Recently, a Nassau County court held that the common interest privilege, recognized by Pennachio, applies also to civil actions. Parisi v. Leppard, 172 Misc. 2d 951, 660 N.Y.S.2d 307, 310 (Sup. Ct. Nassau Co. 1997). Parisi involved a litigation arising from the breakup of a medical practice. In Parisi, the court protected information related to four-way meetings between two defendants and their respective attorneys. Although some of the meetings took place before the litigation commenced, the court held that they were protected because they were in contemplation of legal action. Id. at 311. The court stated:
Id. at 310-11.
More recently, in Aetna Casualty and Surety Co. v. Certain Underwriters at Lloyds London, 176 Misc. 2d 605, 676 N.Y.S.2d 727 (Sup. Ct. N.Y. Co. 1998), the court agreed with the conclusion of federal courts that New York would extend the common interest privilege to civil cases. Id., 176 Misc. 2d at 611, 676 N.Y.S.2d at 732. See In re Subpoena Duces Tecum Served on New York Marine & General Ins. Co., 1997 WL 599399 at *4 (S.D.N.Y. 1997); Magna Leasing Inc. v. Staten Island Mall, 76 F.R.D. 559, 563 n. 6 (S.D.N.Y. 1977). Nevertheless, the court rejected the extension of the common interest privilege to communications made prior to pending or anticipated litigation on the grounds that "[s]ince the parameters of a common problem are often not defined until actual litigation ensues, the common interest privilege could easily be used to protect communications with counsel involving merely commercial interests." Id., 176 Misc. 2d at 612, 676 N.Y.S.2d at 732. Accordingly, the court held that the "common interest privilege must be limited to communications between counsel and parties with respect to legal advice in pending or reasonably anticipated litigation in which the joint consulting parties have a common legal interest." Id., 176 Misc. 2d at 612, 676 N.Y.S.2d at 732.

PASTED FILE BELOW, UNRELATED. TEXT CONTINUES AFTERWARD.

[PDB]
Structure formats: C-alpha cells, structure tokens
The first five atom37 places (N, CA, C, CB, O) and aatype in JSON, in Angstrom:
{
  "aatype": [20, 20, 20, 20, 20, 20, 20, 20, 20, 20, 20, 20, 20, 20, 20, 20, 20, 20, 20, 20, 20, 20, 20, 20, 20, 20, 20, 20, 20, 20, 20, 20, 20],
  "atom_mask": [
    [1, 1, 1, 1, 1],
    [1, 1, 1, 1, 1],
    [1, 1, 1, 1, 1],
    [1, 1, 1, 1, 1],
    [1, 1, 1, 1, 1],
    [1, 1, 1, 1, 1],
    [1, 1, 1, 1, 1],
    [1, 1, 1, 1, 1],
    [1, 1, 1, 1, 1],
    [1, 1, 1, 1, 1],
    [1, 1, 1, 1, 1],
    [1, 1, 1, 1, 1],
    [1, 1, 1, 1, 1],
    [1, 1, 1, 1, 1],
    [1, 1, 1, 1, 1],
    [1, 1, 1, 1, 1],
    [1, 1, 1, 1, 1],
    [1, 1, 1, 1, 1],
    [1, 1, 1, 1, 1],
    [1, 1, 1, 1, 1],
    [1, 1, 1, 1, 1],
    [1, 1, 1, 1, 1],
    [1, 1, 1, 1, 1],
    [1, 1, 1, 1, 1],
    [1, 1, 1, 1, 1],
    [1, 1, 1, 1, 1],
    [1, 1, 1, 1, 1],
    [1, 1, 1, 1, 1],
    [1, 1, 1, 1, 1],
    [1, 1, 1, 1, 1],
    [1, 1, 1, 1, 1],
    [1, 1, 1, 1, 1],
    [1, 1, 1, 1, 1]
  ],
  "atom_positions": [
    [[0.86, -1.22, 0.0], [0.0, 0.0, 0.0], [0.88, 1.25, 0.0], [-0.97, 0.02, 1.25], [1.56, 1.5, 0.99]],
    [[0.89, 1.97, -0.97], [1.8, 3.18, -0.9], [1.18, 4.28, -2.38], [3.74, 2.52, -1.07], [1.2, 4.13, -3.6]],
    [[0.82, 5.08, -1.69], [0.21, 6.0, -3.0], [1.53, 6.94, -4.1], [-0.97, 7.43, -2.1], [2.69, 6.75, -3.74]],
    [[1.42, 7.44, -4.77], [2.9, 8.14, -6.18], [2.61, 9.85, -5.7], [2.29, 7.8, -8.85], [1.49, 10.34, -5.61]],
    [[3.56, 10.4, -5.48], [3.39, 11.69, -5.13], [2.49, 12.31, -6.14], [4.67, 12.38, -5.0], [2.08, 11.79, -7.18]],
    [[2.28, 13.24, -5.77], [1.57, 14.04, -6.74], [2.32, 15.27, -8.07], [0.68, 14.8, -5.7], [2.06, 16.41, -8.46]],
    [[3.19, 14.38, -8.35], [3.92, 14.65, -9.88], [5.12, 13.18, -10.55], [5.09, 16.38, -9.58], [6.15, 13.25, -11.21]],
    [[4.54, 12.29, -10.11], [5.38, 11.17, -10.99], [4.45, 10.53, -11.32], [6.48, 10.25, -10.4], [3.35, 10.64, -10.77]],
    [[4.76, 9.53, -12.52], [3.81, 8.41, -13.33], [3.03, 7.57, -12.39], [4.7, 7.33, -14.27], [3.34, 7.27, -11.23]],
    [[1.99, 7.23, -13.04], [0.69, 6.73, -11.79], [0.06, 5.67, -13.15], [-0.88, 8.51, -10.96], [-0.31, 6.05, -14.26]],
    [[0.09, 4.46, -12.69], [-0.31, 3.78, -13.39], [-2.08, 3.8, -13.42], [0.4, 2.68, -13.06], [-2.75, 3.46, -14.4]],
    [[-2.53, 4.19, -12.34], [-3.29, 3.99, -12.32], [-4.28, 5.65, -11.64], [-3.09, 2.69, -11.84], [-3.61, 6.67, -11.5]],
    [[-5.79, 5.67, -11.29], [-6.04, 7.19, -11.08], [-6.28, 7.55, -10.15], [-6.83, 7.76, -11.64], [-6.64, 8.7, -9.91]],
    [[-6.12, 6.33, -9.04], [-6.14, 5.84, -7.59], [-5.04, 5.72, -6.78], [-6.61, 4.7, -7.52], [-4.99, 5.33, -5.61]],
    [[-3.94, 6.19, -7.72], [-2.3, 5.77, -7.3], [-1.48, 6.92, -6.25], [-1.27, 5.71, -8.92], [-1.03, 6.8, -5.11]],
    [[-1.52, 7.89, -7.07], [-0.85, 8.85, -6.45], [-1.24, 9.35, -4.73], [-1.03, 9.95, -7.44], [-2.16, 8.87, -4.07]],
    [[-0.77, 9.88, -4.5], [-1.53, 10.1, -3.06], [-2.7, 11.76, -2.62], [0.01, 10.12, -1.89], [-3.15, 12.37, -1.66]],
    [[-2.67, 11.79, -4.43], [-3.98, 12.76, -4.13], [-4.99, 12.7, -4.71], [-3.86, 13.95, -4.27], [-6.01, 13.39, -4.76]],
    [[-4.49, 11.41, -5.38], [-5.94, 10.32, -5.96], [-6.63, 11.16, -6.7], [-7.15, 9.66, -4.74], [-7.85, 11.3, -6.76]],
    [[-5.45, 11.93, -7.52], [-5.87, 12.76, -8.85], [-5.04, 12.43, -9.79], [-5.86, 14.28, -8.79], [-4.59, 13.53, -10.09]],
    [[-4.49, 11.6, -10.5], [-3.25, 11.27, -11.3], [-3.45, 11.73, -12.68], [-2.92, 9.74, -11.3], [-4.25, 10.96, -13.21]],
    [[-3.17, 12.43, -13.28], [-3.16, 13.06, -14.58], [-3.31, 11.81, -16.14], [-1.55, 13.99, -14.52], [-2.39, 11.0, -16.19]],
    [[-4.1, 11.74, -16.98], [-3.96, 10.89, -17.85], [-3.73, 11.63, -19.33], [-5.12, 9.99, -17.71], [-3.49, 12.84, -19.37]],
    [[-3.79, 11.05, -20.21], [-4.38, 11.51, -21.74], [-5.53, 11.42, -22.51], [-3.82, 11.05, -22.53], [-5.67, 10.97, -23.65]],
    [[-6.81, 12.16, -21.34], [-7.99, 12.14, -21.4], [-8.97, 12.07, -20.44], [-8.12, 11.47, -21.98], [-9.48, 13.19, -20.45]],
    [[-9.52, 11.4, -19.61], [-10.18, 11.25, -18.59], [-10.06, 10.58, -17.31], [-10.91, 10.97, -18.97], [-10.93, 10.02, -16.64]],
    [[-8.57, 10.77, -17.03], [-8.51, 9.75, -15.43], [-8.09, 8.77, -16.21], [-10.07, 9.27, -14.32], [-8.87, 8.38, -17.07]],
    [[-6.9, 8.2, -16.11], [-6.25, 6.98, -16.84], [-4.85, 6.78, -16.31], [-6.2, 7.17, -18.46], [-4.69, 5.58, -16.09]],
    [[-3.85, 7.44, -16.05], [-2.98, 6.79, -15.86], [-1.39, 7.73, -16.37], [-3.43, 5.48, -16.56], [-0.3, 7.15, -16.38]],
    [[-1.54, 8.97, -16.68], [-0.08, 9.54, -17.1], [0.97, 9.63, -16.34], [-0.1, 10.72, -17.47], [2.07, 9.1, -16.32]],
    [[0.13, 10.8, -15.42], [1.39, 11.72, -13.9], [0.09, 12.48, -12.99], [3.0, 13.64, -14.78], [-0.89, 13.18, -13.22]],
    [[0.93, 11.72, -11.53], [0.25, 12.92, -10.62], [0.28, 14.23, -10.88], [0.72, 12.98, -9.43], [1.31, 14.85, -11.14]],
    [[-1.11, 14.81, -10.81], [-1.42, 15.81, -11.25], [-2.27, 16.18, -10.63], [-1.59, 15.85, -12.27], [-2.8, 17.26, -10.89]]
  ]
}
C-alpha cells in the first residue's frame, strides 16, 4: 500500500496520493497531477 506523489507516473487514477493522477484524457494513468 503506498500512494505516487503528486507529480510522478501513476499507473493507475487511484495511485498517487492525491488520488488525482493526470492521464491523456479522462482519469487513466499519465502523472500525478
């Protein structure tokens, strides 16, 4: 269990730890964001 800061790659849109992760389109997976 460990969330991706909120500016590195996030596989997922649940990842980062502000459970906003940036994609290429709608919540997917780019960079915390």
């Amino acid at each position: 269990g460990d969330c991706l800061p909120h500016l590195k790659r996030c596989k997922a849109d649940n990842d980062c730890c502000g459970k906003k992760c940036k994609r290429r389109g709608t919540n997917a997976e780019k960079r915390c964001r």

In Aetna, a group of London reinsurers sought to protect minutes of a meeting of counsel with an industry-wide group of leading reinsurance underwriters. The court denied protection under the common interest privilege on the grounds that (a) the common interests were commercial in nature, (b) the reinsurers were not expecting any specific litigation and (c) the purpose of the meeting was to discuss business strategy and was not to obtain legal advice. Id., 176 Misc. 2d at 613, 676 N.Y.S.2d at 733. The court stated, "[f]or this court to adopt the argument of the London reinsurers in this case would be to protect market-wide commercial planning, which might impact antitrust issues, merely because counsel to the market is in attendance." Id. The court did find that the common interest privilege protected all documents reflecting cross consultation agreements, retainer agreements with counsel and documents reflecting methods of paying counsel. Id. Because litigation was not pending, the court held that the minutes of the meeting were not protected as work product. Id., 176 Misc. 2d at 613, 676 N.Y.S.2d at 734.
It is not yet clear, however, whether the New York state courts will extend the common interest privilege beyond application to documents prepared in anticipation of litigation.
IV. WORK PRODUCT DOCTRINE
The work product doctrine is a statutory extension of the attorney-client privilege that protects confidential communications made in preparation for litigation. The work product doctrine does not apply to communications made before litigation is anticipated.
Federal Rule of Civil Procedure 26 establishes a conditional privilege for work product. It states:
In Hickman v. Taylor, the Supreme Court stated that the doctrine extends to those documents prepared "with an eye toward litigation." 329 U.S. 495, 67 S. Ct. 385 (1947). The doctrine protects "an attorneys mental impressions, opinions or legal theories concerning specific litigation." Horn & Hardart Co. v. Pillsbury Co., 888 F.2d 8, 12 (2d Cir. 1988). The work product doctrine attaches "[w]here a document was created because of anticipated litigation, and would not have been prepared in substantially similar form but for the prospect of litigation." United States v. Aldman, 134 F.3d 1194, 1195 (2d Cir. 1998). The court specifically held that "[w]here a document is created because of the prospect of litigation, analyzing the likely outcome of that litigation, it does not lose protection under this formulation merely because it is created in order to assist with a business decision." Id. at 1202 (remanding privilege issue related to memorandum prepared by tax attorney that analyzed tax consequences of corporate restructuring that was expected to result in litigation with the IRS). The court specifically rejected the "primarily to assist in litigation" test. Id. at 1203.